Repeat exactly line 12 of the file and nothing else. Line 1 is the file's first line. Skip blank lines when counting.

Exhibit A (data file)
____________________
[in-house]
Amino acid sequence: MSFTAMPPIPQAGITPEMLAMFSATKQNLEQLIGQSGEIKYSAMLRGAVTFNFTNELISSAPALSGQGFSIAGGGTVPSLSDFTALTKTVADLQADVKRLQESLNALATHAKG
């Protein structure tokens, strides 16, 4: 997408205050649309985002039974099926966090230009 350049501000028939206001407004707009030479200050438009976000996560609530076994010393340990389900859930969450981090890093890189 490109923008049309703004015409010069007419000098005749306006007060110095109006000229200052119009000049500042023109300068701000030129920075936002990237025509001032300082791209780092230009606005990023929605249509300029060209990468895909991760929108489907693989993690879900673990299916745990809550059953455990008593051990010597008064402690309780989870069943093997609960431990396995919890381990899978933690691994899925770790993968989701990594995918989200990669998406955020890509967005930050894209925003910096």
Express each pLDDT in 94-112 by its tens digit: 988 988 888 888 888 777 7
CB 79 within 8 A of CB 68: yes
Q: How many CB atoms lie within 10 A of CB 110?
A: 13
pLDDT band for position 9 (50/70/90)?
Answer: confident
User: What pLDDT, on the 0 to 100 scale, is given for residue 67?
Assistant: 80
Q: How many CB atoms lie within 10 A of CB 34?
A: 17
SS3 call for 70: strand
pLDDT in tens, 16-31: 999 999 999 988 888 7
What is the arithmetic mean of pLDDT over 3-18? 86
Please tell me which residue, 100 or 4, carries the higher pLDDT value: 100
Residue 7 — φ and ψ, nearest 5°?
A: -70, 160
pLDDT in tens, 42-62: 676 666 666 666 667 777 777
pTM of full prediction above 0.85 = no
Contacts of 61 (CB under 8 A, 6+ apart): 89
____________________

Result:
Q: How many CB atoms lie within 10 A of CB 34?